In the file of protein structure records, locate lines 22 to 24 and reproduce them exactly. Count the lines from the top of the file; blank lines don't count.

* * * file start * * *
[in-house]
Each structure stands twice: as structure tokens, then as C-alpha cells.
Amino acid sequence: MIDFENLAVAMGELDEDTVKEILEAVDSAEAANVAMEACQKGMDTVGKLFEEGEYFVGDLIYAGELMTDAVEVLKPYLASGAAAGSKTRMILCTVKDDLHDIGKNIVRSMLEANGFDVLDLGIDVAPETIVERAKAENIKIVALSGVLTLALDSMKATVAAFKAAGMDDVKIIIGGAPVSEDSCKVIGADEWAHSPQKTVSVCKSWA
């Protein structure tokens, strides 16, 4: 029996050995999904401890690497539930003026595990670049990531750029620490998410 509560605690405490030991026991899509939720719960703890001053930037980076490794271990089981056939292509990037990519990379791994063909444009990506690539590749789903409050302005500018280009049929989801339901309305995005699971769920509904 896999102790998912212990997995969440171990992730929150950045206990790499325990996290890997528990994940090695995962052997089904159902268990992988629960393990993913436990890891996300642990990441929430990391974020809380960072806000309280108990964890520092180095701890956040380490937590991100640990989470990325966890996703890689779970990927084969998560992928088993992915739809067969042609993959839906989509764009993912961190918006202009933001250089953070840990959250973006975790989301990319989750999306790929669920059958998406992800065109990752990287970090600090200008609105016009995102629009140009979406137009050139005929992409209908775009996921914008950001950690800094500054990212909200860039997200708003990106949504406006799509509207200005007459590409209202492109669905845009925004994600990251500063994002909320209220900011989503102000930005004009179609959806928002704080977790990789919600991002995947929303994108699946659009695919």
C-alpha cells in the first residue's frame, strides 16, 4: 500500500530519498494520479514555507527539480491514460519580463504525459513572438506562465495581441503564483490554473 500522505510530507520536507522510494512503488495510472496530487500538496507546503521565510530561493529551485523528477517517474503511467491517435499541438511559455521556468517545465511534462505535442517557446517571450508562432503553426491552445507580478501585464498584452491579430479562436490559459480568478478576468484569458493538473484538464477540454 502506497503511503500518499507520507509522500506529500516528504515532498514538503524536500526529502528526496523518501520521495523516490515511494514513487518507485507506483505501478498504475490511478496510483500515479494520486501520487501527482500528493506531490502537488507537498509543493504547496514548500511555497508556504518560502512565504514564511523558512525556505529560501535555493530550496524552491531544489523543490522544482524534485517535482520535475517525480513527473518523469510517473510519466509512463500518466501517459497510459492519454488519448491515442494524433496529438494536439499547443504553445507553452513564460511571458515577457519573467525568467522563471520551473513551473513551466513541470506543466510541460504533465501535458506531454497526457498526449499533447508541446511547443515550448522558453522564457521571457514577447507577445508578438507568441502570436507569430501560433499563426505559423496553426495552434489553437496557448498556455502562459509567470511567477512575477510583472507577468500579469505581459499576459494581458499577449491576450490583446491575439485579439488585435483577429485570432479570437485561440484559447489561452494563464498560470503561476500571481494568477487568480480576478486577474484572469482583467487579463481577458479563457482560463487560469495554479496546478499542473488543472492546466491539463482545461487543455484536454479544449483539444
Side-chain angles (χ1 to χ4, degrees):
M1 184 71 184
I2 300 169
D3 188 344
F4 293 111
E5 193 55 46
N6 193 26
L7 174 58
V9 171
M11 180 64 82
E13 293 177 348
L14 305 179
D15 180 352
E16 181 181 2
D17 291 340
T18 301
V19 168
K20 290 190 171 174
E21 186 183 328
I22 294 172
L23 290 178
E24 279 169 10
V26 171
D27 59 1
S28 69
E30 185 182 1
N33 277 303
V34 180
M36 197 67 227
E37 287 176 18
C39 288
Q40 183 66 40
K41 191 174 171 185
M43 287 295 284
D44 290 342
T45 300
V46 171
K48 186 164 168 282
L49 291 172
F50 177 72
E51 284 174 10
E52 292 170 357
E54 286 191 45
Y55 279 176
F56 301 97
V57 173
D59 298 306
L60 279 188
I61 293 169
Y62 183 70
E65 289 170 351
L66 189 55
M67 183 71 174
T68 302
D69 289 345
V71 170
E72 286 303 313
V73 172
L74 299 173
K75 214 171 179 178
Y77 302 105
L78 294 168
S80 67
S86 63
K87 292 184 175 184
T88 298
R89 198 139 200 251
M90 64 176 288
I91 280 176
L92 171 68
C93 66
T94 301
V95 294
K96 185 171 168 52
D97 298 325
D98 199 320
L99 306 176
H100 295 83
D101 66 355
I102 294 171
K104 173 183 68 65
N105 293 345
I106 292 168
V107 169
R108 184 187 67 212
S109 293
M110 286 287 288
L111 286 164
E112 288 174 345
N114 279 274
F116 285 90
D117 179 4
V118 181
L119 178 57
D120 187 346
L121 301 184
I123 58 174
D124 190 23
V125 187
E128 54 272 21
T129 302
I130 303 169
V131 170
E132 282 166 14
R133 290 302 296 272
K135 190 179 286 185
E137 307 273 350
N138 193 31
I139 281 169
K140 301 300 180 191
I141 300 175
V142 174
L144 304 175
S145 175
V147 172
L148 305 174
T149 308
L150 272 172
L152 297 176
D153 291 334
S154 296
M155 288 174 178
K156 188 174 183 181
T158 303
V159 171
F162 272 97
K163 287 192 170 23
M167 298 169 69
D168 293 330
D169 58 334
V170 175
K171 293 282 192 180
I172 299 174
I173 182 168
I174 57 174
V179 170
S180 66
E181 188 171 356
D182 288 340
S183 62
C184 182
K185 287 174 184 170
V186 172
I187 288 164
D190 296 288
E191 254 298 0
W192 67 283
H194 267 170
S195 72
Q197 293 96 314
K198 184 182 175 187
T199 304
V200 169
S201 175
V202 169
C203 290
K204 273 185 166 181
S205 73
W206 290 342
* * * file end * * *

V19 168
K20 290 190 171 174
E21 186 183 328